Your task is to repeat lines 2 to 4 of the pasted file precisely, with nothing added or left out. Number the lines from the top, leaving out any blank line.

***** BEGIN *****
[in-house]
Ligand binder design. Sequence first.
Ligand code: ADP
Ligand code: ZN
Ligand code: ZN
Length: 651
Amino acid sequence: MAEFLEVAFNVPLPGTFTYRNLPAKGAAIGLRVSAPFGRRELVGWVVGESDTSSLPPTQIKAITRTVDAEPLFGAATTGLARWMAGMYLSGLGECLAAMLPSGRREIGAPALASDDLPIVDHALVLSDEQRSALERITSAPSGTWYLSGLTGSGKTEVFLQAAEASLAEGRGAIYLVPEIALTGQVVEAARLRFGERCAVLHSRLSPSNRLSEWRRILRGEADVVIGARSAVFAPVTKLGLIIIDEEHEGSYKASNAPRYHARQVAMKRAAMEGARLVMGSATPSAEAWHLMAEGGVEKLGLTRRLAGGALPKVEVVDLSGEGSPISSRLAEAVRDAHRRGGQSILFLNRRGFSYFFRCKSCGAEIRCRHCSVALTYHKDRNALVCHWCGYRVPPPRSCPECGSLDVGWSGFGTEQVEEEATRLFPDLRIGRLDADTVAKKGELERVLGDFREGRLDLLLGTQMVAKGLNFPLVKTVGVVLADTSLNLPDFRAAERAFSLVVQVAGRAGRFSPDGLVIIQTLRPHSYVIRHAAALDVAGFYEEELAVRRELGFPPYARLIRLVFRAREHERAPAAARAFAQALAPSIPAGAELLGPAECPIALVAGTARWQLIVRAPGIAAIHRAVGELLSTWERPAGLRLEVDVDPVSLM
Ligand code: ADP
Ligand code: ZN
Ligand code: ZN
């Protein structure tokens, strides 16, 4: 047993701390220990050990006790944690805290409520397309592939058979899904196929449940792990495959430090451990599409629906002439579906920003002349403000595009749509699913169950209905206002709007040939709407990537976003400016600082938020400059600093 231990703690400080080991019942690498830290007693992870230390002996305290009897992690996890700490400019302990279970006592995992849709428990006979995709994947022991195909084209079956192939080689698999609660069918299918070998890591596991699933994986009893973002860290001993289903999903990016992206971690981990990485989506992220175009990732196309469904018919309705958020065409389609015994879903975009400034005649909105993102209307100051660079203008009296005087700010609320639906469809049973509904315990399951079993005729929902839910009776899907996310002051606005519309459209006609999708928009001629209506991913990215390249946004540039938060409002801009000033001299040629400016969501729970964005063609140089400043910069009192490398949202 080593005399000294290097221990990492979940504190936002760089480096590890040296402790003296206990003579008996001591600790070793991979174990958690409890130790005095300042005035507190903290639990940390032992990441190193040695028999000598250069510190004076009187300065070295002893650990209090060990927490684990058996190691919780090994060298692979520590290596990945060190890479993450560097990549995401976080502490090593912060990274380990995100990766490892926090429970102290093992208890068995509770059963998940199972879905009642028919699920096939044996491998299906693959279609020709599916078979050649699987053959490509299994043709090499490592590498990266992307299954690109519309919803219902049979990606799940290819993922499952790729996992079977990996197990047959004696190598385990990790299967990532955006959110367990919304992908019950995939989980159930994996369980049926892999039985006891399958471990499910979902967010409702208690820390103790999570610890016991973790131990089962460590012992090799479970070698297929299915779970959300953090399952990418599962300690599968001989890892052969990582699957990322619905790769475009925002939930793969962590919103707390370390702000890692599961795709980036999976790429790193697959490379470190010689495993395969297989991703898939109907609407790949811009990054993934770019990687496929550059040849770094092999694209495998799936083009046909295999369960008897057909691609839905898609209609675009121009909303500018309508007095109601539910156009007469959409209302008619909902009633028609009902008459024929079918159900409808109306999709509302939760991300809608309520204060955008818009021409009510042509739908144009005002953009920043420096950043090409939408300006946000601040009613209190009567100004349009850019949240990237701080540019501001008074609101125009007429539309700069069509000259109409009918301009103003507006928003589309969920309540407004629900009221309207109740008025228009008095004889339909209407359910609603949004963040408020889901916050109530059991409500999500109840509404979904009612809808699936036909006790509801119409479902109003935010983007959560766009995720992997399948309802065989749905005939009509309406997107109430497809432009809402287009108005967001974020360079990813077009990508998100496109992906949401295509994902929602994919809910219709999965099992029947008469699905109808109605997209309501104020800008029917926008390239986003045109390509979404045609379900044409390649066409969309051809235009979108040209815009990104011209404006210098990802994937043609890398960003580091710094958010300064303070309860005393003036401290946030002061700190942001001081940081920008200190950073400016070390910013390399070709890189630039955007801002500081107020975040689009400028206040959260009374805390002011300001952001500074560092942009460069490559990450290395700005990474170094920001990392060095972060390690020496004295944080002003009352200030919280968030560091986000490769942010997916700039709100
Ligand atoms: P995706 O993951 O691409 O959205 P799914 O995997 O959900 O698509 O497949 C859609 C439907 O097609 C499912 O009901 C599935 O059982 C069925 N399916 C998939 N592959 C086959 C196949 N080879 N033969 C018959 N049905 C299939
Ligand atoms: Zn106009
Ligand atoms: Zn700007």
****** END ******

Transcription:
Ligand binder design. Sequence first.
Ligand code: ADP
Ligand code: ZN